Currey Cook is the Director of the Youth in Out-of-Home Care Project and Counsel in the National Headquarters Office of Lambda Legal, the oldest and largest national legal organization committed to achieving full recognition of the civil rights of lesbians, gay men, bisexuals, transgender people and people with HIV.
Before joining Lambda Legal in 2013, Cook was the Co-Director of the Bronx office of The Children’s Law Center New York a non-profit law firm representing children in New York City Family Court, for three and a half years. Prior to his work at CLCNY, Cook served as a consultant to The National Juvenile Defender Center in Washington, D.C., worked in Burundi on an American Bar Association’s Rule of Law Initiative to assist with reintegrate former child soldiers into the community and, served as a visiting professor for the Child Advocacy Clinic at Rutgers Law School Newark.
Before relocating to the New York City in 2009, Cook lived in Anchorage, Alaska and was an attorney with the Office of Public Advocacy (OPA) for twelve years. Cook worked as a juvenile defense attorney and guardian ad litem and later as supervising attorney of OPA’s Child Advocacy Section. In addition to his work at OPA, Cook advocated on behalf of undocumented youth and gay asylum seekers and received the Alaska Bar Association Pro Bono Service Award for a Public Sector Attorney in 2006. He has also received the Alaska Light of Hope Award for his advocacy on behalf of children.
Cook graduated from the University of Georgia with a B.A. in Journalism (Broadcast News) and was a radio reporter while in college. He received his law degree, cum laude, from Mercer University in 1994. He served as managing editor of the Mercer Law Review and Chief Justice of the Honor Court.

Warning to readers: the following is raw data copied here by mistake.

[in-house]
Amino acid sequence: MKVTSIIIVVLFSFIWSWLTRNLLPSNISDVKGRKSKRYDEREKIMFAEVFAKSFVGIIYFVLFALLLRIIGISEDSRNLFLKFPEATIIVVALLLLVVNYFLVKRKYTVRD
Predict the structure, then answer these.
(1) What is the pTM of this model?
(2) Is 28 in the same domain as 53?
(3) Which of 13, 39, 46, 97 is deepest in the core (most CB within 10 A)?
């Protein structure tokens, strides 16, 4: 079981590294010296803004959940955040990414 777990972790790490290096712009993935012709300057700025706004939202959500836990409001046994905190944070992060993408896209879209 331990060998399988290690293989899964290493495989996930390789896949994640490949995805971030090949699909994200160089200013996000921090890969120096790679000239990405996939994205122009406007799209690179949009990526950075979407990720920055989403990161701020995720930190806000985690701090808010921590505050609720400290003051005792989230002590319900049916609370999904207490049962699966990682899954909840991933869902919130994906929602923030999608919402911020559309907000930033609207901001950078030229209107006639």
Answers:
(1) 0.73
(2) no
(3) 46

At Lambda Legal, Cook advocates on behalf of LGBTQ youth and youth living with HIV in child welfare and juvenile justice settings and on behalf of youth experiencing homelessness. He works at the state and federal level and achieves systemic reform through a mix of litigation, proactive law and policy development, and training for professionals, including child advocates, working with youth in out-of-home care. Cook’s advocacy has resulted in explicit nondiscrimination protection for youth at the federal level, including the first-ever LGBTQ-specific policy recommendations from the Office of Juvenile Justice and Delinquency Prevention.
In 2017, Cook co-authored Safe Havens: Closing the Gap Between Recommended Practice for Transgender and Gender-Expansive Youth in Out-of-Home Care, a groundbreaking report capturing legal protections for youth at the state level and sharing the voices and lived experiences of trans youth in care. Cook’s advocacy has been instrumental in defending and advancing state level protections for youth in Kentucky, Florida, Louisiana, Texas, Arizona, Arkansas, Idaho, and North Carolina. He currently co-leads the state policy coalition for the Every Child Deserves a Family Campaign and a legislative work group that fights against state laws that seek to grant government-funded child welfare contract agencies a license to discriminate against same-sex couples and people of differing faiths.